make things more efficient and also we are hiring a full-time higher level employee, specifically to manage and handle public information requests. That person is going to be located within the law department. We felt like because so much of what it is that we deal with when it cocks to public information requests comes through the law department, to have them working soiled working -- working side by side provides some operational benefit to the organization. We anticipate on j the request for council action on the new pir system will actually be coming for forwardand I understand the new city attorney has completed interviews for the position that I mentioned. So with that, that's where we are in the process, a little overview of what it is that we do. We have of course our law folks with us here as well as the folks from ctm to answer any specific questions that you all might have. >> Cole: Thank you, doug. I guess I would like to ask the law department right off the bat, I was shocked to see such an increase in the number of pir requests between 2011-2012. Can you give us any sense of what is going on? Is that particular items or -- >> we don't track that. Maybe pio can. But I will say that this number includes everybody. Of course the police department is the highest pir department, so about 50% of that number is the police department. But I am not sure if pio -- since they currently manage the function, has a breakdown of this 21,000, what's -- apd, which is probably 50% and what is the other departments and where it's coming from. I don't know if they have those numbers but we don't operate the system currently. We will take over that function and I think we will be tracking that but maybe doug can give you the numbers they had. >> Cole: Thank you. I had no idea it was police department with 50%. Do you -- what did you say
council member tovo. >> Tovo: I didn't mean to speak out of turn. I was saying I didn't realize that, either. >> Martinez: I thought it was all us. [Laughter] >> Cole: I did, too. >> There are a lot of recurring requests, traffic reports, accident reports, things like that, so they have a -- they have a, i think, a very robust office right now with the gentleman who has done this for a long time. They aren't going to be coming into the system we are currently creating but we will have oversight and communication with them. We have one lawyer that specifically does all -- helps with all of their requests, and then one lawyer who helps with all of the other departments because they h voluminous but it is routine things. >> Can you give us an idea of why -- the breakdown in departments like we notice with 50%, is there any other department for reasons? >> Within the departments, i would say parks have the frequent requesters, with regards to cemeteries or types of chemicals they might use. The hr department is levy for personnel files but among the departments that we deal with, kind of the -- frequently it's equally and distributed across all of them and if you were to take council to be one of those sole departments, look at all of them, they probably received slightly more than council offices do. >> Cole: Interesting. Any other questions, colleagues? Council member morrison. >> Morrison: Thank you. I have a couple of questions. In terms of the new software, did we -- did we have like the users or the stakeholders, some departmental spocs that are working on this system in the evaluation team? I want to make sure the people who are actually going to be working with this system have been able to provide input in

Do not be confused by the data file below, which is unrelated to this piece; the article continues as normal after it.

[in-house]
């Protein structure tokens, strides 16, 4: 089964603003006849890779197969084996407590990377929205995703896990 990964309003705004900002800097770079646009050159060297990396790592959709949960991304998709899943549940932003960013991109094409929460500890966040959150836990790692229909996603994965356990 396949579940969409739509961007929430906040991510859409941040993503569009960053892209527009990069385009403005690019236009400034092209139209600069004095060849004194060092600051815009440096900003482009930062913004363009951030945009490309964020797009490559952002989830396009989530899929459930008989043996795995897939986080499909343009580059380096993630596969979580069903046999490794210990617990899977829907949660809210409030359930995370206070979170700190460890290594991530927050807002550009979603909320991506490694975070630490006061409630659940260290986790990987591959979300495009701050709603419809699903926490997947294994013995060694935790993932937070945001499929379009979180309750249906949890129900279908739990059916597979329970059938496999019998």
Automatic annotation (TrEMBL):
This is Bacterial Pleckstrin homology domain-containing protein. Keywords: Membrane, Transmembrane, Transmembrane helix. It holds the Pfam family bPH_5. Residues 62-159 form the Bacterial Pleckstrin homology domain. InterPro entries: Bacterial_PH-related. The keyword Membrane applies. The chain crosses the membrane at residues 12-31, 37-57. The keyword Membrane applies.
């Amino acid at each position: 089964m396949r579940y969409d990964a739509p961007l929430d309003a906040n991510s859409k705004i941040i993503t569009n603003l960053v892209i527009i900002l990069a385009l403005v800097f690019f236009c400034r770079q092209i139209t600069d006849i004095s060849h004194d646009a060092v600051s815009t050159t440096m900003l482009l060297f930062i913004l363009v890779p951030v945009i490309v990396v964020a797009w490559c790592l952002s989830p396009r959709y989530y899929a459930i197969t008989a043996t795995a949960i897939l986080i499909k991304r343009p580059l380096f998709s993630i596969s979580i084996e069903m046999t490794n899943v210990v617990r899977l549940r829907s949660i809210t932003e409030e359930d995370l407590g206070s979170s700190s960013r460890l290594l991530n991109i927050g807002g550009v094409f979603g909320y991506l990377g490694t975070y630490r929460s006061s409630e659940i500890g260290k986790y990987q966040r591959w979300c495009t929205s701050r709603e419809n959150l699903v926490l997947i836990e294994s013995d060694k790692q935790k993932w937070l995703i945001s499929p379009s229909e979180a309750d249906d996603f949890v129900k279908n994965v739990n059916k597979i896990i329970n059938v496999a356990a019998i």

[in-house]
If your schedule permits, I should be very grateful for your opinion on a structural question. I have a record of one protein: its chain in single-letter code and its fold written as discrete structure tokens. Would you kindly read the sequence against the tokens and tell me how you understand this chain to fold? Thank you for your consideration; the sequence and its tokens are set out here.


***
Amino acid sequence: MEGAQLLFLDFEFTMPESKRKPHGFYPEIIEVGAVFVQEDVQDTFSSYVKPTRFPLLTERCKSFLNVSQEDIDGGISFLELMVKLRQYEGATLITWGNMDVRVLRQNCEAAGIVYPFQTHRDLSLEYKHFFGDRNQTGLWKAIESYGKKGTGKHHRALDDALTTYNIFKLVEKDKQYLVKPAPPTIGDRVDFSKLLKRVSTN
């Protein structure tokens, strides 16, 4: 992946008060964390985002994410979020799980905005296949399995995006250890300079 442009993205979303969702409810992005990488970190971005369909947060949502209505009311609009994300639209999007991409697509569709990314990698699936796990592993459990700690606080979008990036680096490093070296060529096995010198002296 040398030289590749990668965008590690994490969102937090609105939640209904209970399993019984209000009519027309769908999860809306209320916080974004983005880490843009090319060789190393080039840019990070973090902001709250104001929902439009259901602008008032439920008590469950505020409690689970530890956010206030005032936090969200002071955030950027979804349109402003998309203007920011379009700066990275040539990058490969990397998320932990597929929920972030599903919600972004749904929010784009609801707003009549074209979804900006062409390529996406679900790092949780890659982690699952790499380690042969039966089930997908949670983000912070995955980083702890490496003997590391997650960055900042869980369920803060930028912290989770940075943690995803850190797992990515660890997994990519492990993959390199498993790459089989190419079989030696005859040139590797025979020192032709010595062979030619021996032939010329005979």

evaluating the system. >> I believe -- I don't know if we told byron to come today but I do believe we had some spocs, maybe elaine, you know who those were? Can you come up and talk about that? >> Hi, elaine nicholson, law department. Thank you. I believe we had four spocs. We had someone from the purchasing department, someone from austin water, myself, and then also the pio -- current pio coordinator were on the negotiations -- were on the evaluation team. >> Morrison: Good. I am sure those will be -- those observations and perspectives will be very important in getting a good system. One question I have about the -- the process. There are oftentimes when it feels like my office is only finding out on the due date that we have to replace to a pir. Am I wrong about that? And do we have a way to fix that? >> Your office should not be finding out on the due date because when we received the pir, it goes into the system and it should automatically alert the office spoc that the pir is due. Through the process, it is an automated process which will alert the pir spoc that the pir is do and review the pir within the system. So there is no email that will come out that says in ten days you mr. Going to need to produce such and such material. It is email, a pir has been opened. You have been identified as one of the departments that may have responsive material and in the next ten days you will have to assist in producing something. >> Morrison: That's good. And then I know there is then some complications about sometimes we don't know if it's just a sampling and we are going to do a cost estimate as opposed to